Collette’s role as a fire instructor for the Vermont Fire Academy also evolved through the brotherhood of the Vergennes Fire Department. “During 1992-1994, I would often tag along with then Deputy Chief Bill Brown of the Vergennes Fire Department,” explained Collette. “Deputy Chief Brown was an active live fire instructor for the Vermont Fire Service Training Council. At that point in my fire service career I was a sponge for knowledge. I wanted to learn as much as I could, so the opportunity to attend a fire academy training burn was a win-win. The structure and formality of Fire Training was much more lenient then it is today. I often was able to serve as an apprentice to Deputy Chief Brown during these live burns. Chief Davison was often working these live fire training events as well, where he would serve in the lead instructor role.” Collette was formally hired as a State Fire Instructor in 1995 and continues to serve as a Lead Fire Instructor for the Vermont Fire Academy today. The Fire Fighter Level 1 program offered in Vermont is a course of 204 hours in length beginning in September and runs through late spring of the following year. During 2014 220 firefighters participated in the program.
For those involved in fire service there is an unbreakable bond that comes from working together as a team in life threatening situations. “It is an interdependent group much like a web in a truss. We depend on each other for support,” shared Collette. “You will never hear about the ‘one man’ fire department that is successful. Every person on the fire ground is just as valuable as the next. Unfortunately, not all fires are successful; there is of course the reality that the profession involves a great deal of risk. It is these occasions when we realize what the Brotherhood is. It is risking our lives for each other. When things go bad on a fire ground, someone may not be going home to their family. Firefighters will go out of their way to offer support to a fellow firefighter in need, even if it means risking their own life.”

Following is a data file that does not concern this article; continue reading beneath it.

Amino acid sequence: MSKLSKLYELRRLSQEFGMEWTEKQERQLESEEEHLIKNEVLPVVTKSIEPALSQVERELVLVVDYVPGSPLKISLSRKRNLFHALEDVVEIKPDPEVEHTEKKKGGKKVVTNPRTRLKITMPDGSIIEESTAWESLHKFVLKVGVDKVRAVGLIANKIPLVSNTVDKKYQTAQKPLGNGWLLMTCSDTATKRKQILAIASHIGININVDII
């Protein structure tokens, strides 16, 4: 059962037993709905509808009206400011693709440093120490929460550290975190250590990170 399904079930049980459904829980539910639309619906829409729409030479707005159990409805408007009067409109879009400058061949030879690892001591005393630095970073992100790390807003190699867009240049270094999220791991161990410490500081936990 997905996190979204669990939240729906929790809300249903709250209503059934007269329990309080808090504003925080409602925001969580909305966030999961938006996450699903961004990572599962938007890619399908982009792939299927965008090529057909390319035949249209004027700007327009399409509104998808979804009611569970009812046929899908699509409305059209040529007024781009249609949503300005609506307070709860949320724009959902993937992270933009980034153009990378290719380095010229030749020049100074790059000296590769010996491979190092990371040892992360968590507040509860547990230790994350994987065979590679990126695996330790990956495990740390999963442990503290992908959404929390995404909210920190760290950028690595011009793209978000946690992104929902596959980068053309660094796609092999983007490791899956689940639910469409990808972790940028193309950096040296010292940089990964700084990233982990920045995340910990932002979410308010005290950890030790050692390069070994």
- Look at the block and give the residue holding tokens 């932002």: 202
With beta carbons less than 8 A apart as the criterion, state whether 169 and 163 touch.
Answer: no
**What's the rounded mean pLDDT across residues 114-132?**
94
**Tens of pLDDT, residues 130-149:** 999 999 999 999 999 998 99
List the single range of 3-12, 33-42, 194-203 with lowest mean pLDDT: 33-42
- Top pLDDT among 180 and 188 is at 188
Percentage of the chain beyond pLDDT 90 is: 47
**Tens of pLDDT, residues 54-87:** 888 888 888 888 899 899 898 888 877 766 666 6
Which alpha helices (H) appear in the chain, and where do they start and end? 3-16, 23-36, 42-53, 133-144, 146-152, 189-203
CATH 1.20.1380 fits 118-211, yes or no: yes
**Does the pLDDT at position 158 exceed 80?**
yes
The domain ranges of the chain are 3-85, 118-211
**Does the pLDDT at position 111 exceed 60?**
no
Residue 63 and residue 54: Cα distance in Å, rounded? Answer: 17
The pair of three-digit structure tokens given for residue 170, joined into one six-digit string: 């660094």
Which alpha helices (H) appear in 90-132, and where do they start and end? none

Now entering his 21st year at the Burlington Fire Department, Collette serves as the Deputy Chief of Administration just leaving his position of Battalion Chief. Managing five engine companies, one Truck Company and 2 ALS ambulances, Collette and Burlington Fire Department respond to approximately 7500 calls annually. The department operates with three shifts, working 24 hours on, followed by 48 hours off. Our work week is averaged out to 56 hours. “On December 24th Christmas Eve I worked as the shift commander for the city during the day shift. This was the first shift that I had worked as the shift commander with my new Deputy Chief title,” expressed Collette. Deputy Chief Ray Davison died on December 24th, 2008. Seven years after Deputy Chief Davison’s passing, I was honored to be leading the Burlington Fire Department forces and sharing the title that my mentor Deputy Chief Ray Davison also held.”
For Collette and all of the firefighters the demands of the fire service no longer only include fire suppression. When the public dials 911 they are seeking help and regardless if that is the fire department’s formal capacity or not, they respond. “There is no other profession that I know of, that in a time of need, which carries the expectation of public trust like that of the fire department,” concluded Collette. “A mother will transfer her new born baby suffering from a medical event into the arms of a responding firefighter who is a complete stranger, trusting that he or she will work to make things better.” With big hearts and a dedication to serve others, firefighters respond to events and are joined by a bond that keeps them training, working and serving, year after year, call after call, generation to generation.